The Romantic Comedy Blogathon is exactly what it says on the tin. It is hosted by Carole & Co. and Backlots. For a complete list of participating bloggers, please click on the links at either site.
Bridget Jones's Diary
seen on TV @ AMC
There's been some talk lately about the decline of the romantic comedy. It's one of the oldest and traditionally most lucrative genres in Hollywood, and as such, it's bound to change and evolve, as storytelling genres do. But I gotta say... if a movie like Bridget Jones's Diary is an example of modern romcoms, then it's either due for a major overhaul or a major burial.
I know this was a hugely popular movie when it came out, based on an equally popular novel, but is a movie like this really supposed to represent what the modern woman thinks about when she goes dating? Needless to say, this provided me with precious little insight, partly because it's a poorly-made movie, but mostly because I don't know anyone even remotely like Bridget Jones - and I get the impression that she's supposed to somehow be representative of Single Women Everywhere.
It was different back in the day. Romcoms had bizarre, singular women characters, played by legends like Katharine Hepburn, Barbara Stanwyck, Irene Dunne, Jean Arthur, Claudette Colbert, Judy Holliday, and more, and they were never meant to be Everywomen. They were exceptional: ditzy heiresses with pet leopards, con artists hustling nerdy scientists, dumb blondes with charm and innocence.
Their exceptional nature, combined with the skill of the great actresses who played them, made them memorable. They were women you couldn't ignore or take for granted, whether their male suitors loved them or hated them or feared them. The fun in watching them was seeing how they'd get together with the objects of their affection, as you knew they would.
While I have no problem with trying to craft more realistic characters in modern romcoms, the problem with ones like Bridget is that they seem to have men on the brain all the time. I thought about the single women over 30 that I know - and for what it's worth, I had to really think about who they are, because I don't know that many anymore - and if they have one thing in common, I'd say it's that they have something else that keeps their lives fulfilled other than a man, and if that bothers them, well, they don't talk about it a great deal (at least not on social media).
Plus, it doesn't help that in the movie, Bridget's dilemma, such as it is, involves having to choose between the lesser of two dicks, one of whom is her sexually-harassing boss (but she wanted it, so it's okay... I guess?). It's not like her parents pressure her to get married, or she keeps seeing her friends getting married or anything - she seems to put most of the burden of finding a man on herself because that's what the plot requires. She's basically a British Cathy! I never believed that she wanted either of those guys as anything other than a short-term fling to stave off loneliness and Zod forbid, being a spinster (a word she actually uses, more than once).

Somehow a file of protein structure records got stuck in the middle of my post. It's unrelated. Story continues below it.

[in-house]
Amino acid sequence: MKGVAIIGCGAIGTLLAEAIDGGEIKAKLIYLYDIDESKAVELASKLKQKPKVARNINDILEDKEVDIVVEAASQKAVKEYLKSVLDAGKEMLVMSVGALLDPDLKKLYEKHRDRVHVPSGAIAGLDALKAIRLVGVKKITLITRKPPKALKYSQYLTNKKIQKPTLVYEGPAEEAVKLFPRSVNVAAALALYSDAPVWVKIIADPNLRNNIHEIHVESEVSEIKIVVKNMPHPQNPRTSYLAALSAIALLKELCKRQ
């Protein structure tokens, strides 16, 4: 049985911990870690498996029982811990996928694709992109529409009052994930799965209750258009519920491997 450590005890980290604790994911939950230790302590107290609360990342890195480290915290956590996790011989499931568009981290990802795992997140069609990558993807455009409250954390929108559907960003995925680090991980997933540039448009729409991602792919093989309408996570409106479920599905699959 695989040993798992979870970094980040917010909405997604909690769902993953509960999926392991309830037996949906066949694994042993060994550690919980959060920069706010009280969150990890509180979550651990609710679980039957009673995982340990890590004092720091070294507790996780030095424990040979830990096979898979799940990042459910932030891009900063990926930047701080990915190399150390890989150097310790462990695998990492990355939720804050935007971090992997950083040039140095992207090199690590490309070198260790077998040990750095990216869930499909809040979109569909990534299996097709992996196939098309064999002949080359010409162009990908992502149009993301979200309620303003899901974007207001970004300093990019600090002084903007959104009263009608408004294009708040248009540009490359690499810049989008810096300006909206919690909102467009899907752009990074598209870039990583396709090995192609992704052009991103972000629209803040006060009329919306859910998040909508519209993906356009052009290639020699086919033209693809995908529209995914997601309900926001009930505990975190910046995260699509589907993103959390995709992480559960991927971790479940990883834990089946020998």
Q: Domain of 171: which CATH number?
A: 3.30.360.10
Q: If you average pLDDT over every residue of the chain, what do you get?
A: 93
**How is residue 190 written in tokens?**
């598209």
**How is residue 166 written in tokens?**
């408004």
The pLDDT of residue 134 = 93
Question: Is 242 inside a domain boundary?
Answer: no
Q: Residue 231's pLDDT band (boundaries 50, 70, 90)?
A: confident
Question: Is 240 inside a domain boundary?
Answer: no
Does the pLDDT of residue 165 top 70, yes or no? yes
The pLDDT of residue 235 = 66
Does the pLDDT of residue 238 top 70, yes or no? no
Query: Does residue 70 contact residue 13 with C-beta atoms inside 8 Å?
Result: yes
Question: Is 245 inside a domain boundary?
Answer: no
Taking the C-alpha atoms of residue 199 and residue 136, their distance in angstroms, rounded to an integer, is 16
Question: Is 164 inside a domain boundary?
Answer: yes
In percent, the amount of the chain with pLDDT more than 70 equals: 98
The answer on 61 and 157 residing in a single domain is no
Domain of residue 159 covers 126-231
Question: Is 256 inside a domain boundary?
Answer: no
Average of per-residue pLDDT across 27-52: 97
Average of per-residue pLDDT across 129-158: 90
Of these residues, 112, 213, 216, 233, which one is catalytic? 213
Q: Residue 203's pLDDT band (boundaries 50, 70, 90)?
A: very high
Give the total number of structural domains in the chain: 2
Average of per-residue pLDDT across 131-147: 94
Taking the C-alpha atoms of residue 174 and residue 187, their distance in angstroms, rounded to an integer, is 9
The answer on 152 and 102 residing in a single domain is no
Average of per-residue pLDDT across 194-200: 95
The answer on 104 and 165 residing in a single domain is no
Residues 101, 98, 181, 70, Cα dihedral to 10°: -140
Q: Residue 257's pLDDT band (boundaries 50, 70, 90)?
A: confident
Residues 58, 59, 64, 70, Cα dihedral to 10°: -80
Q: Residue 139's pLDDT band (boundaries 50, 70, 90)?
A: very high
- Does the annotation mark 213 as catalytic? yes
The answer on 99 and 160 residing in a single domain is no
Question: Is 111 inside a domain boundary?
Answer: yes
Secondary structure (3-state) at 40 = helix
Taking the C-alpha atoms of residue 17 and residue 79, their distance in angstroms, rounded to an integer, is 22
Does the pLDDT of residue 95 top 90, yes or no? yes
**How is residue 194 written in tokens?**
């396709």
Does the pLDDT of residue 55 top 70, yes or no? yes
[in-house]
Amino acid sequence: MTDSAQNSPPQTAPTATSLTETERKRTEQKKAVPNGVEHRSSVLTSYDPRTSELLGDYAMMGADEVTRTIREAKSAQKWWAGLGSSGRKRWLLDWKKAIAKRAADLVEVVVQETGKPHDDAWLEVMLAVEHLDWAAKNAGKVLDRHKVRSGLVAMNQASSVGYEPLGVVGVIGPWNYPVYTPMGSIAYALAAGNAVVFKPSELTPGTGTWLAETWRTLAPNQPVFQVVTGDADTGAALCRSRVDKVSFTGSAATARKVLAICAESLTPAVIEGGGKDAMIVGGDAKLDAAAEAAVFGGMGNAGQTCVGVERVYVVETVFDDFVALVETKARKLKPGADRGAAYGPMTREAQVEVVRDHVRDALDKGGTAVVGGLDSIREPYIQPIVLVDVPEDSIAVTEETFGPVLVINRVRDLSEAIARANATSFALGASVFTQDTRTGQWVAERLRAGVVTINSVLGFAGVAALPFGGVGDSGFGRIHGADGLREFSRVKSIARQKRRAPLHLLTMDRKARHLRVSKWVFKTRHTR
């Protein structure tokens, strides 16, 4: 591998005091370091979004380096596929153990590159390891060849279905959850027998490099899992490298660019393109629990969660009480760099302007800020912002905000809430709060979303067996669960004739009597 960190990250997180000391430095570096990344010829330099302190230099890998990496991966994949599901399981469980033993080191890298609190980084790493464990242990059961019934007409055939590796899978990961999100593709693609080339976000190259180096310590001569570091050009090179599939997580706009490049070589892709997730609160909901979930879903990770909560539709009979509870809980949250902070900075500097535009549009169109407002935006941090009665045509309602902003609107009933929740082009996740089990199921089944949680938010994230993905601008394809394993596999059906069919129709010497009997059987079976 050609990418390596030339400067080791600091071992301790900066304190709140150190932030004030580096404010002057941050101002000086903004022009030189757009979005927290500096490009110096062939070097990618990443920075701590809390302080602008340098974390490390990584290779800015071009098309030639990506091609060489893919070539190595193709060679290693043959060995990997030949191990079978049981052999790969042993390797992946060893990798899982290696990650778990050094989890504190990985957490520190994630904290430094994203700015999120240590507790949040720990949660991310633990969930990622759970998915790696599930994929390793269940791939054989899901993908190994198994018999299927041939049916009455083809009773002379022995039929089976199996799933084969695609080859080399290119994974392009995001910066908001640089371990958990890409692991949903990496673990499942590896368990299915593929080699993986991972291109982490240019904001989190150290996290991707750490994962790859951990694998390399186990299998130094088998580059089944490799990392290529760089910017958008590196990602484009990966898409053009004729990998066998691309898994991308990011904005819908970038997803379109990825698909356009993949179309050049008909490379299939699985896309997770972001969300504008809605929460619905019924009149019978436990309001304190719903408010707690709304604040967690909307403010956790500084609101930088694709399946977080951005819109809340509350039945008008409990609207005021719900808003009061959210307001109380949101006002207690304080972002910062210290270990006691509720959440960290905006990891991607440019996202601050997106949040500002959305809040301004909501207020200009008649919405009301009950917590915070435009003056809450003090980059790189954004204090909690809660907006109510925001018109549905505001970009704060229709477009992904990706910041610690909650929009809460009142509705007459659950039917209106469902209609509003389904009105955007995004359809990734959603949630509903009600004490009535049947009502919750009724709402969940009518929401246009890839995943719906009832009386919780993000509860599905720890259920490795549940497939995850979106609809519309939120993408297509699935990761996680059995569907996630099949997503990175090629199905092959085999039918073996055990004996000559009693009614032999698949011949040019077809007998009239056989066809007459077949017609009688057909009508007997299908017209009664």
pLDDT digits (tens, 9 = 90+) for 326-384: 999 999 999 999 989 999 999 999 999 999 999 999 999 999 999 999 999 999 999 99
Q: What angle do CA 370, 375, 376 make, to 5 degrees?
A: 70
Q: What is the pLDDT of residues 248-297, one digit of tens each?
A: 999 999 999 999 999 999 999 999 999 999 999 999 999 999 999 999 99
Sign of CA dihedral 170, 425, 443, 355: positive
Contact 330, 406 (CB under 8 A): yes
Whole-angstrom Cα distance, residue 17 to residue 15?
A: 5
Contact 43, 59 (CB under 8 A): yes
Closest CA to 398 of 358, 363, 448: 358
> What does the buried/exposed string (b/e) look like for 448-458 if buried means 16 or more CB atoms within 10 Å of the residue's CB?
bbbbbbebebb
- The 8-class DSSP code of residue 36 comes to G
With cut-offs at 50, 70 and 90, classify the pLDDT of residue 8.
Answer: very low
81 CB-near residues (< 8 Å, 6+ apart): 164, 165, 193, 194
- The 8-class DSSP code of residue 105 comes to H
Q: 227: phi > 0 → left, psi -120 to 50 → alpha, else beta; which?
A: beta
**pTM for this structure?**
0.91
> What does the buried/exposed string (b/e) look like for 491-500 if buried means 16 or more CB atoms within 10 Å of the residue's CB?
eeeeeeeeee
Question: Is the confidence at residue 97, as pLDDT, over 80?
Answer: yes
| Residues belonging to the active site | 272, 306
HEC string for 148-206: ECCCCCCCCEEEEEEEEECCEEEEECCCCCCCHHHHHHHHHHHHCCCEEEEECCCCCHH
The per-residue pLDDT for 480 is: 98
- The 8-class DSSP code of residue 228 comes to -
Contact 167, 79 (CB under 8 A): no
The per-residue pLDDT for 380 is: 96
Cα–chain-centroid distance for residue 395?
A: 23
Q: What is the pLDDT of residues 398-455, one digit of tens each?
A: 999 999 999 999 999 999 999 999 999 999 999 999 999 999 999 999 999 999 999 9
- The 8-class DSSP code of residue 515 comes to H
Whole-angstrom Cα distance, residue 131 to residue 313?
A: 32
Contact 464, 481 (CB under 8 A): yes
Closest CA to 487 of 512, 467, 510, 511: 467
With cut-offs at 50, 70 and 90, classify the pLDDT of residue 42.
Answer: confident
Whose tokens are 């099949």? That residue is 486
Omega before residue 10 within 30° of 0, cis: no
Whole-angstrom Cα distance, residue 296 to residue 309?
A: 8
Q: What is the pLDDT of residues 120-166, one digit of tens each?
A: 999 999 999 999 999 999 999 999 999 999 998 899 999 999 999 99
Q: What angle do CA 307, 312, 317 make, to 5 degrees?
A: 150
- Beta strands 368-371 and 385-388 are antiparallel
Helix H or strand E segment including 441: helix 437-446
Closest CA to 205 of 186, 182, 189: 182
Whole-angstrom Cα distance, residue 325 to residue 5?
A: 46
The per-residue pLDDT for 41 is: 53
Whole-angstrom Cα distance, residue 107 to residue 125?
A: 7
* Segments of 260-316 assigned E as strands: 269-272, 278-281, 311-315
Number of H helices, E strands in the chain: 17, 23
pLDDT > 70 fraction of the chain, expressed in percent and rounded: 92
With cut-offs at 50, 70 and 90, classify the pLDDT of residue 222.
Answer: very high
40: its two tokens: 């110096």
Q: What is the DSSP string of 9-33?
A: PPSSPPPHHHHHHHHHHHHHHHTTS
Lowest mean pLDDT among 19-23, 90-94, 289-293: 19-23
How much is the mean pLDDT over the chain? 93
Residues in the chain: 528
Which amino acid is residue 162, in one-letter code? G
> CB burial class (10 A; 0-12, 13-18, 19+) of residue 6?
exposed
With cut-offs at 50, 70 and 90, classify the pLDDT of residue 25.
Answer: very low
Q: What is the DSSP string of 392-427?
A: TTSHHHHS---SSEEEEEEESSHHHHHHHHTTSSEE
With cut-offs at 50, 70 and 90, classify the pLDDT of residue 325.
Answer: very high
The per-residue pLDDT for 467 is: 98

Gary Cooper appealed to Barbara Stanwyck in Ball of Fire because his perpetual square-ness had a charm that she grew used to over time, and cherished. Dean Martin appealed to Judy Holliday in Bells are Ringing because he tried so hard to be a successful writer, fighting even his own nature. Melvyn Douglas appealed to Greta Garbo in Ninotchka because he was able to see beyond her way of life, which was so alien to him. Hugh Grant and Colin Firth's characters in Diary don't have that spark of something special - indeed, in the movie's climax they end up fist-fighting, in over-the-top movie fashion, over her.
I should also say something about Bridget's weight. While it's clear that she has a bit of a self-image problem, it wasn't as big an issue as I expected. She may be pudgy, but it's only Hollywood Pudgy, and while it's admirable that Renee Zellweger put on weight for the role, she was no Melissa McCarthy, obviously. Frankly, given how Zellweger looked with the added weight and without it, there's no doubt in my mind that losing it was a change for the worst.
And then there's the music - the relentless use of pop standards that telegraph the action in the movie and ostensibly tell you what you're supposed to feel. I love a good soundtrack as much as the next guy, but there's no art, no imagination and certainly no subtlety to the way Diary uses its music. A cover of "All By Myself" which Bridget sings alone in her apartment? Aretha's "Respect" as Bridget tells off her boss? A bad cover of "It's Raining Men" as Grant and Firth are fighting? Is that the best this movie can do? Look at any Wes Anderson movie by comparison and you'll see the difference immediately.
Apart from reanimating the corpses of Ernst Lubitsch and George Cukor, I don't know what can be done about modern romcoms. Sure, every once in awhile you get a genuine gem like Enough Said or Think Like a Man, but most of the time, it's movies like Diary that get made, and women eat them up... but then, women are starved for quality movies these days, so maybe they can't be blamed for taking what they can get. Hollywood can do better.